Thursday, December 07, 2006
A popular version of the Christkind
Oberzerf, the home village of my Rauls ancestors was at the edge of the Hunsrück region in what was then Kreis Saarburg. Since my great-great grandmother, Magdalena Rauls, was born on December 25, I have a special interest in the Christmas customs of her village in 1827. The closest I have come so far is the small book called, "Die Hunsrücker Küche," (Hunsrück cooking) by Christiane Becker. Along with recipes for traditional Christmas treats, there is a description of some of the Christmas customs of the Hunsrück of the last century.
A figure of St. Nicholas from the 13th century
But first, a little history. The eve of the feast of St. Nicholas on Dec 6 was originally the time when children in German-speaking regions received gifts. Saint Nicholas was clothed in a bishop's red robe, somewhat like today's Santa Claus or Weihnachtsman. On his head was a miter, and he carried the staff of a bishop of the Catholic Church. Martin Luther urged his followers to stop this custom which had such strong Catholic church connections. The Christ child, he preached, gave the greatest gift to mankind, and children should receive presents from him on the day that commemorates his birth. The change began in the northern regions where the majority of the population was Lutheran, but by the nineteenth century, even in the Catholic regions, the Christkind brought gifts on Christmas eve. However St. Nicholas retained his popularity in the Catholic areas, continuing to bring presents on St. Nicholas eve. (There is more information on the celebration and customs of St. Nicholas eve in my archived post from January 2006).
Literally translated, the word "Christkind" means Christ child. However, in the 19th century, the Christkind was not represented by a babe in a manger but rather by an angelic figure with golden wings and long blond hair. In some parts of Germany, especially Bavaria, teenage girls clothed in white dresses and wearing golden wings played the Christkind, but customs varied. Christiane Becker, author of "Die Hunsrücker Küche," describes the Christkind custom in the small village of Götzeroth in the Idarwald as follows: On Christmas eve, the Christkind, face covered with a veil, went from house to house, accompanied by the "Stabbegloose", two figures in black clothes and hats. Both carried a staff and hid their black painted faces behind a beard of flax. The raccous sounds of staffs and bells were eagerly awaited by the children because the trio were bringing gifts. The Stabbegloose would push their boisterous way into each house in the village, followed by the Christkind. As a reward for their turbulent visit, they were rewarded with money or, in earlier times, with Kuchen. The actual visit of the Christkind was done in fewer and fewer places as the 19th century progressed, and today such a custom is a rarity.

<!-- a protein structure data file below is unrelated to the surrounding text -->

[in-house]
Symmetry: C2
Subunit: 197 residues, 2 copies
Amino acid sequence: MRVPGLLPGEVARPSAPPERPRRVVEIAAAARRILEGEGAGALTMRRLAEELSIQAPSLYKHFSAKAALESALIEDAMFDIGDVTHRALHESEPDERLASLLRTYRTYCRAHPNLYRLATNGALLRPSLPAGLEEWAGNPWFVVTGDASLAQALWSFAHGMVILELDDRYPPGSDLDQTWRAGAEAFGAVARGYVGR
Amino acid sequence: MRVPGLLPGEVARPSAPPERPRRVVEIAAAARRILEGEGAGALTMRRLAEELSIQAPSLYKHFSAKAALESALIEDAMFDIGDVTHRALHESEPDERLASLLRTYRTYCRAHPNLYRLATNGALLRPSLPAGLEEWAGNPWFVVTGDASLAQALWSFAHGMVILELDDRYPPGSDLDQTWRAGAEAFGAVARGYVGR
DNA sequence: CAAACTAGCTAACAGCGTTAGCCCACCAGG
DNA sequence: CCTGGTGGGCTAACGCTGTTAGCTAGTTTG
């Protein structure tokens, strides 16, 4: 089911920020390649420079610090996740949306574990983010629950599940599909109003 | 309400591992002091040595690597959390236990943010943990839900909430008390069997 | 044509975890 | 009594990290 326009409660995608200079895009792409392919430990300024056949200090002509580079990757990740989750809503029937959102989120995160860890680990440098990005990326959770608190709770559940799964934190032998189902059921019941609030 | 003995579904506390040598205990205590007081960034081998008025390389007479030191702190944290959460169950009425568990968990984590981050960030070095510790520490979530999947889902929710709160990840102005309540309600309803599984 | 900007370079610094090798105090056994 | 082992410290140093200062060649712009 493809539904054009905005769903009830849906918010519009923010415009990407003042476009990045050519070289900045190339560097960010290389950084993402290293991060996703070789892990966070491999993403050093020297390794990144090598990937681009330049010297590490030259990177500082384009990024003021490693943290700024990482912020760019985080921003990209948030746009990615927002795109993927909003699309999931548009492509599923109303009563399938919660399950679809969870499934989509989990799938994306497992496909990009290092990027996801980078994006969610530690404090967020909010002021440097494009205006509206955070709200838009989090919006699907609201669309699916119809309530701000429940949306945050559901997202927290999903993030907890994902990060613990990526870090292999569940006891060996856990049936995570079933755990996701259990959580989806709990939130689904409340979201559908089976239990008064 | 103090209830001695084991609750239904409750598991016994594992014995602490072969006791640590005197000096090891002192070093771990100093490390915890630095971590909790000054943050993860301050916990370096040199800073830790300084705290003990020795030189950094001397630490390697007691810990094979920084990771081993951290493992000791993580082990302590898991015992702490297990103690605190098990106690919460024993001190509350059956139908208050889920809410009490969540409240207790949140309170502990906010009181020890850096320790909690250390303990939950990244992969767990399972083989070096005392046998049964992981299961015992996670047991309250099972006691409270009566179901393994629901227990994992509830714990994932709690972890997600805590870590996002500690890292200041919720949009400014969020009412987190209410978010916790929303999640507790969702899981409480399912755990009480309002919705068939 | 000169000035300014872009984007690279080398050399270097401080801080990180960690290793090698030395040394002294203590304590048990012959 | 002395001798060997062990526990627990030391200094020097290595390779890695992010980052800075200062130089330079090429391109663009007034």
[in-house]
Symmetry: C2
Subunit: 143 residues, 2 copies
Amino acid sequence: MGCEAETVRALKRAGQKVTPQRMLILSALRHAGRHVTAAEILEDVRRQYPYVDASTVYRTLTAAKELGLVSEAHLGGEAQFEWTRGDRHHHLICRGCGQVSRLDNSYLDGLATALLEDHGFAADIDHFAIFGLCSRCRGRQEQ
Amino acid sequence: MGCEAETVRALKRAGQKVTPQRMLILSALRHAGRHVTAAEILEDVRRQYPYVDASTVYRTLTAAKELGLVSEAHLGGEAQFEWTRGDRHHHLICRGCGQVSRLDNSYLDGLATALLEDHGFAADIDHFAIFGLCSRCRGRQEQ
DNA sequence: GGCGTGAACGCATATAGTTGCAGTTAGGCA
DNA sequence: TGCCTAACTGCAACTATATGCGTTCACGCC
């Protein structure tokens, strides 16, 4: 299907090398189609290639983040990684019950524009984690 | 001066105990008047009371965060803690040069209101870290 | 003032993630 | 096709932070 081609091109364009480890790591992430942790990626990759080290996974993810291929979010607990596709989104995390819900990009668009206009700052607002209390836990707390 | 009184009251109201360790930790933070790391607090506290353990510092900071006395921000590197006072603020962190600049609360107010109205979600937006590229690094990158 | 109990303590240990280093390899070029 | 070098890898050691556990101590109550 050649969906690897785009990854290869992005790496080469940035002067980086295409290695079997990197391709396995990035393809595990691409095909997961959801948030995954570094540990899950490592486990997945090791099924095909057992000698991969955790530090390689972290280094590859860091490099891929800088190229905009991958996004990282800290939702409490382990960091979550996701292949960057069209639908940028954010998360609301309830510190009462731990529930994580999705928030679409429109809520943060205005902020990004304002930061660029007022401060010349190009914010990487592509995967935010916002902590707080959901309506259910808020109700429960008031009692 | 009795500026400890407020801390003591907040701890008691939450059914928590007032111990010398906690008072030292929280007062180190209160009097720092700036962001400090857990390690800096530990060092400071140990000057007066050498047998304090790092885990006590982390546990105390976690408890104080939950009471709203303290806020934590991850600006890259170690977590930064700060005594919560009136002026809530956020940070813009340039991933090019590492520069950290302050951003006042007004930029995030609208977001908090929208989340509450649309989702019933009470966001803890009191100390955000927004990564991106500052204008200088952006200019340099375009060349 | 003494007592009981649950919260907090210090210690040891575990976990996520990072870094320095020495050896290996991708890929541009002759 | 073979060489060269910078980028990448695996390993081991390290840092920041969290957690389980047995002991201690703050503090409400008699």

Baking for Christmas was done during the season of Advent. At sunset in December when the sky was a shimmering red, there was an old saying in the Hunsrück: "The Christkind is baking sugar cookies." The women and children of the family were busy making familiar Christmas recipes. The aroma from the kitchen, which had been turned into a virtual bake shop, permeated the whole house. Naturally, there was quite a bit of tasting of the Zuckerblätjer, as the cookies were called in the Hunsrück dialect. But the Zuckerblätjer soon disappeared into cans and glass jars, to await Christmas eve. There were nut cookies, Lebkuchen, spritz cookies, cinnamon wafers, and chocolate balls in the recipe box of Becker's grandmother.
Except in rare exceptions like the one mentioned above, the Christkind was not seen by the children. He brought the gifts and trimmed the Christmas tree behind a locked door in the good room of the home, aided by parents and sometimes also by grandparents and relatives. The curious children waited impatiently for the door to open, but by the time the Christmas bells were rung and the door was flung wide, the Christkind had gone.